Erin Napier is on a mission: to teach everyone how to create an imperfect home that celebrates both our heritage and current livelihoods. But how does this translate to the most minimalist of spaces?
Often exhibiting neutral color schemes, sculptural furnishings, and meticulously curated accessories, the appeal behind a minimalist living room is understandable. However, when designing under a minimal lens, it seems somewhat inevitable that we will need to hide some of our more personal items away – whether that's family heirlooms, photographs, or souvenirs. So, how can we enjoy a warming, characterful home without sacrificing this sought-after style?
'What makes a house chic is having possessions that are meaningful: objects that came before you, that belonged to your grandmother or mother,' Erin says in conversation with H&G.
'These are representative of their life and your ancestry, and whether you're minimalist or maximalist, these objects are just as prominent.'
'I would hope that people who don't have much in their homes still have at least that one bowl that their grandmother used to make great biscuits. There has to be some personal artifact somewhere.'
Erin Napier is a designer and entrepreneur with a fine arts degree who started her career in corporate graphic design before founding her own international stationery company, Lucky Luxe. She co-stars alongside her husband, Ben Napier, in HTGV's Home Town and authored three books, including Heirloom Rooms, (published by Gallery books; 10/3/23).
Erin's teaching couldn't come at a better time, on the verge of her new book launch, where her ideology comes into play.
Titled Heirloom Rooms, the book encourages us to create a soulful space that's less concerned with aesthetics and more about making memories. Naturally, this involves decorating with antiques and bringing meaningful family objects to the forefront of our space.
'I do wonder how people are minimalists. I'm not one, but I imagine it's cool to have a house that feels totally organized and uncluttered,' the Home Town designer adds. 'For me, my house has to be clean. I cannot stand the feeling of grit under my bare feet, and I don't know if that's just a me thing.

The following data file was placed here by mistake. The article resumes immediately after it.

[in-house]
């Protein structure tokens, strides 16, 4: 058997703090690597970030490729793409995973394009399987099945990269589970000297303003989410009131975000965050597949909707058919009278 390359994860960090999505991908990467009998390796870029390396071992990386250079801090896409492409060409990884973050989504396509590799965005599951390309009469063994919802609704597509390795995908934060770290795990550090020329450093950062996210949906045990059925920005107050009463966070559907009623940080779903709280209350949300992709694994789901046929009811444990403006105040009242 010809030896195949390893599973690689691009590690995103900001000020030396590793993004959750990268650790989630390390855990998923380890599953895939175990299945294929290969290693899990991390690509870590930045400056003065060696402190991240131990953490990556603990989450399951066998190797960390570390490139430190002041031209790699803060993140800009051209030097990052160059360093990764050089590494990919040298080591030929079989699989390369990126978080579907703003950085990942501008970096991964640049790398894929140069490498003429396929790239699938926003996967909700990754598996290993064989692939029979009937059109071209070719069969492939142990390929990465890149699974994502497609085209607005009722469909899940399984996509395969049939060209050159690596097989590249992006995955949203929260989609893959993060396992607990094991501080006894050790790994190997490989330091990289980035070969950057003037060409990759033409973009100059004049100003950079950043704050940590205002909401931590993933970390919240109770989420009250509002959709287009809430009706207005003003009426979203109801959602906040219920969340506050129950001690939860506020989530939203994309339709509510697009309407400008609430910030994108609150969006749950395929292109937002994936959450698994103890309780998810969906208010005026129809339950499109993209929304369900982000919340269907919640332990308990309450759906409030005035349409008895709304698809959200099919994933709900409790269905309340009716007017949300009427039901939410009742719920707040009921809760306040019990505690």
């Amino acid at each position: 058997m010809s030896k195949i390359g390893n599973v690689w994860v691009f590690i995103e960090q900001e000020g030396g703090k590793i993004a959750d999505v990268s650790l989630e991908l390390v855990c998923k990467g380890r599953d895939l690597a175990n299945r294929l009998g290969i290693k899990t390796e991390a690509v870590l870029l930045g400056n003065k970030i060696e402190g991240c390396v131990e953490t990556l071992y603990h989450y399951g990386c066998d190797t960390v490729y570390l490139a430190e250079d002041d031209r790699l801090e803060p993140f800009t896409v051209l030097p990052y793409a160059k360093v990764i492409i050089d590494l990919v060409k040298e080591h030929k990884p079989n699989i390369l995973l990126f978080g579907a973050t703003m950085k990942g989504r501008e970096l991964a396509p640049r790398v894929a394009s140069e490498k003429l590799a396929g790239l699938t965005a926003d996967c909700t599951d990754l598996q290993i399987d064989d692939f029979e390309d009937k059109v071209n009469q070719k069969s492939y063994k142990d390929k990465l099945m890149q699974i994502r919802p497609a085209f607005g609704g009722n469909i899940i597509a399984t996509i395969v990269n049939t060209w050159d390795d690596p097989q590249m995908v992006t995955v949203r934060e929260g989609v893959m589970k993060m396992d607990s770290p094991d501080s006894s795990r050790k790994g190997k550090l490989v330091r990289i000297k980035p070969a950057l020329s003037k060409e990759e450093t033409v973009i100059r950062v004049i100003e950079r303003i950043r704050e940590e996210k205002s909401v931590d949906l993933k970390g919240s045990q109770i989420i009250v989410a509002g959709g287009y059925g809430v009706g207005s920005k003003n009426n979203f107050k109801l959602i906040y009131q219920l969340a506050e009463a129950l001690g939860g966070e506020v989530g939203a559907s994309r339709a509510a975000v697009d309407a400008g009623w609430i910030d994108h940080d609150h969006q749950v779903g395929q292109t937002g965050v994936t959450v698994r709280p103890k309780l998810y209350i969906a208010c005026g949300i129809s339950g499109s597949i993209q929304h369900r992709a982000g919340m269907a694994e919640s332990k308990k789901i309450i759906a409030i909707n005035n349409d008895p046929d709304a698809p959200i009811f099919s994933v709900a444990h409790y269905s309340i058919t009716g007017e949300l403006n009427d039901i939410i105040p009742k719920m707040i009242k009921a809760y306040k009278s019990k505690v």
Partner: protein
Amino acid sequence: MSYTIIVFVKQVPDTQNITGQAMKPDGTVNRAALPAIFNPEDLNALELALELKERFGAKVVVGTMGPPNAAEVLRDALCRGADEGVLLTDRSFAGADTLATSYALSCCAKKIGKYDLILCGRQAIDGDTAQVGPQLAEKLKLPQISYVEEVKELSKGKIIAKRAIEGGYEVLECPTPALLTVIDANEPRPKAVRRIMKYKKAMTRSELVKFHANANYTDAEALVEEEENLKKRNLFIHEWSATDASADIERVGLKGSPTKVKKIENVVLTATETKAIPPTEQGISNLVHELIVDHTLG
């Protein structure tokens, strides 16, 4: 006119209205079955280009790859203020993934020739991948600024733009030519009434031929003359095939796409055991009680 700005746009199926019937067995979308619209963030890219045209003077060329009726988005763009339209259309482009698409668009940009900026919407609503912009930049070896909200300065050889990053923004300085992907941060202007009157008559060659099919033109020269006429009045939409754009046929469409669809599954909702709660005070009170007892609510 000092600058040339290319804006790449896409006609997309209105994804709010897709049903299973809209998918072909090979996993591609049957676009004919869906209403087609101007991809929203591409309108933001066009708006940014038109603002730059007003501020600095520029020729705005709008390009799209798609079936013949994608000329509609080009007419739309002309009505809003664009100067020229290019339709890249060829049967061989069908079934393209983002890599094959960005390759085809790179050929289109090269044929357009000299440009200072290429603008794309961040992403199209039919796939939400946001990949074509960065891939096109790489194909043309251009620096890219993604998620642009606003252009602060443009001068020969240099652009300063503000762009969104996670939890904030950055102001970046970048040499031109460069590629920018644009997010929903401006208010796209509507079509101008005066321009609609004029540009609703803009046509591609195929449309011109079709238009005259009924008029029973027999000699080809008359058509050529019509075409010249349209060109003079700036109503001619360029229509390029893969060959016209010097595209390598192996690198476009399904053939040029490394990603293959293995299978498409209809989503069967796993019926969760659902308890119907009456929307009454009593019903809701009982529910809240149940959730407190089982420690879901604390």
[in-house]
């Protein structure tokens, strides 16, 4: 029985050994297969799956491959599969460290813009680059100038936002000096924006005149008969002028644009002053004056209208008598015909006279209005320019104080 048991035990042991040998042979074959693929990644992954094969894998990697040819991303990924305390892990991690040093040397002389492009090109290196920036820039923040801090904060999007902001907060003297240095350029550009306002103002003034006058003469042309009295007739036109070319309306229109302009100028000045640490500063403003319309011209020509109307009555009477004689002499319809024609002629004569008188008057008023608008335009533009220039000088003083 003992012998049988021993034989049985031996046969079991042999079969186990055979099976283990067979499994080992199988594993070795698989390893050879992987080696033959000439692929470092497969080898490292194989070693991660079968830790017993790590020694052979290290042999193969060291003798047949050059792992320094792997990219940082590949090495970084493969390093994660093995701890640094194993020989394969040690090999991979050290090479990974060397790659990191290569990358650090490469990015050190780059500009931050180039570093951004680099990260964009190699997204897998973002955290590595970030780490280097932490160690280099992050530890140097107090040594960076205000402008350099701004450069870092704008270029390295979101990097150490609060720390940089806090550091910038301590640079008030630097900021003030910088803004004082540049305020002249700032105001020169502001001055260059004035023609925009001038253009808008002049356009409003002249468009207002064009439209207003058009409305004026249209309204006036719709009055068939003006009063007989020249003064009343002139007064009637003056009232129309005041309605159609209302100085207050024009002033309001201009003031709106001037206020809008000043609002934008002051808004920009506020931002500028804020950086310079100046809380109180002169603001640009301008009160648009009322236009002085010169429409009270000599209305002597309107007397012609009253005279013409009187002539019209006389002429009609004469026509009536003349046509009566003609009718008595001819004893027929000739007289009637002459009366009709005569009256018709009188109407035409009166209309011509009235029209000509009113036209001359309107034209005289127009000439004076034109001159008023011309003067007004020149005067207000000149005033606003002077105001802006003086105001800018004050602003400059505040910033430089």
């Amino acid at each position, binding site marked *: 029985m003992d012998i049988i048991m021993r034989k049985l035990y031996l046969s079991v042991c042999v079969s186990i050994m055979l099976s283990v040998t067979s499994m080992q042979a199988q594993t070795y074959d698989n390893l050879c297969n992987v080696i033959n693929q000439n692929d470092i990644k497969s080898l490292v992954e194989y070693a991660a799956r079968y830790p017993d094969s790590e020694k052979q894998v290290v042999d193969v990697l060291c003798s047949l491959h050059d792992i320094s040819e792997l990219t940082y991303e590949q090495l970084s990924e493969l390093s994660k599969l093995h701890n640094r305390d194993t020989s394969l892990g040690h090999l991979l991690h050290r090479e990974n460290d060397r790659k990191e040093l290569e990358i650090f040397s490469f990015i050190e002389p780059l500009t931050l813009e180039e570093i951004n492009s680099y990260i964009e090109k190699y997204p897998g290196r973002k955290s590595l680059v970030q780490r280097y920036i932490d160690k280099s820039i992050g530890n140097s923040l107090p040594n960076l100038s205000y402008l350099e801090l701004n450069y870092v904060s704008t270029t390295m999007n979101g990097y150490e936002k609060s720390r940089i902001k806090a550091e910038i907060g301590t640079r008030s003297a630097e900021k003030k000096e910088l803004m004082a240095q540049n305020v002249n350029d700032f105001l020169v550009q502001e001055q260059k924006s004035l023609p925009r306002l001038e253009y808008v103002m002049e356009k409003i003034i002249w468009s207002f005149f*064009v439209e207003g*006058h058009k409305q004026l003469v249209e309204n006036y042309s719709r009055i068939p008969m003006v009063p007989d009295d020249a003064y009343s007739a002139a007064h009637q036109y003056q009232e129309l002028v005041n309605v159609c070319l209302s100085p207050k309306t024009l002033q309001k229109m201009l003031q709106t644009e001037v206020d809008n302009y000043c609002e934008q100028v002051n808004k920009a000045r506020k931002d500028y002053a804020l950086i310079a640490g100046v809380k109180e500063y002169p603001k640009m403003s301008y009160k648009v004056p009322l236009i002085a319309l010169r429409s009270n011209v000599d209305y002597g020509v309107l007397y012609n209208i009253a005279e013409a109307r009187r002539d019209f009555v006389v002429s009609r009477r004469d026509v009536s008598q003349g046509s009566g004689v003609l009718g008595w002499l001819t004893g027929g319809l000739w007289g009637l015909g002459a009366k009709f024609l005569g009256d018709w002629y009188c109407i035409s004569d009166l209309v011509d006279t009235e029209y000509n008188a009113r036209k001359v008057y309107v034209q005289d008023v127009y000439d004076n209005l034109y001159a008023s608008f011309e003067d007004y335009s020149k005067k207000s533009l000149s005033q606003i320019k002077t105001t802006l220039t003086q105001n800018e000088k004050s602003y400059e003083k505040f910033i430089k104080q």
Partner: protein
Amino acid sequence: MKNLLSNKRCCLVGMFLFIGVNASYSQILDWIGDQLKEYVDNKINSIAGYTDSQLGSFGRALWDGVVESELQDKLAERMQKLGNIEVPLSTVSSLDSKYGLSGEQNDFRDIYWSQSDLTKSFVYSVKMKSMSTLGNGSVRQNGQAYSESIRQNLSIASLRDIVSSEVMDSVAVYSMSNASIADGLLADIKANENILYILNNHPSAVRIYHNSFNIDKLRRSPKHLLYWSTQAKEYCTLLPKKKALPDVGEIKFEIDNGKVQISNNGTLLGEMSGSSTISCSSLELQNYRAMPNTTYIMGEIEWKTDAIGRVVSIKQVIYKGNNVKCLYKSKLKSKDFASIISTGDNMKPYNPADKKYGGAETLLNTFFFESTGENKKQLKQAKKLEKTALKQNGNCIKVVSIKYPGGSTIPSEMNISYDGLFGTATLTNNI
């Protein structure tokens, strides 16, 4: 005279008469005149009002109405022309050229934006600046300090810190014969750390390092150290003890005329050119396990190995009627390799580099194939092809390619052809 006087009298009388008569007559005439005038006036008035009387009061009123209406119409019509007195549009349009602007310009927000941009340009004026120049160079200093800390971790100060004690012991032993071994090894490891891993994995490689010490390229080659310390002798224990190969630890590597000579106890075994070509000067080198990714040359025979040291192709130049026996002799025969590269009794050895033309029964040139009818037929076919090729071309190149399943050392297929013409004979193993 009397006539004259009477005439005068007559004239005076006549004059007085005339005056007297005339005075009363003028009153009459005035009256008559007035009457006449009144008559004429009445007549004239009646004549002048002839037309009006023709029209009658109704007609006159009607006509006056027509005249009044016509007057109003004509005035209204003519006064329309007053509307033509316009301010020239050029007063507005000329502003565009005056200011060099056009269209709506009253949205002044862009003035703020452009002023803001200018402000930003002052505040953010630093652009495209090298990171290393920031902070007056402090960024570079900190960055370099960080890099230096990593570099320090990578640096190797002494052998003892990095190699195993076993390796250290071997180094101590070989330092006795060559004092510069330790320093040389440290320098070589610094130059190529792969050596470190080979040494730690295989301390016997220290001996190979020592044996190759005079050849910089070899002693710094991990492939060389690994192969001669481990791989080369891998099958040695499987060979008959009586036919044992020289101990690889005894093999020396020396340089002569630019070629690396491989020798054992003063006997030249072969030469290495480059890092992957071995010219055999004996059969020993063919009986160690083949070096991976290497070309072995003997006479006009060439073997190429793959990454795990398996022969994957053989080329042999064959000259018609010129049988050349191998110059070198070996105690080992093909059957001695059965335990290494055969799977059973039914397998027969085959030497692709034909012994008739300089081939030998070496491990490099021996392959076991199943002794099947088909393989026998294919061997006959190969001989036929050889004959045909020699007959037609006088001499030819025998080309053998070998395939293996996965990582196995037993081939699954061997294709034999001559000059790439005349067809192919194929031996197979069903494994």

'It's one thing to have a house that is cluttered with memories and objects that make you feel things compared to a house that needs to be cleaned.'
We're picking up our copy of Heirloom Rooms via Amazon below.
Heirloom Rooms: Soulful Stories of Home by Erin Napier | $23.18 on Amazon
This collection of personal essays and photos reflects on what home means to Erin as her family has evolved over the years. It includes interviews with influential friends on what makes a house a home. The photos and stories throughout feature well-loved and lived-in homes that are aspirational, relatable, and imperfect.
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Megan is the Head of Celebrity Style News at Homes & Gardens. She first joined Future Plc as a News Writer across their interiors titles, including Livingetc and Real Homes, before becoming H&G's News Editor in April 2022. She now leads the Celebrity/ News team. Before joining Future, Megan worked as a News Explainer at The Telegraph, following her MA in International Journalism at the University of Leeds. During her BA in English Literature and Creative Writing, she gained writing experience in the US while studying in New York. Megan also focused on travel writing during her time living in Paris, where she produced content for a French travel site. She currently lives in London with her antique typewriter and an expansive collection of houseplants.
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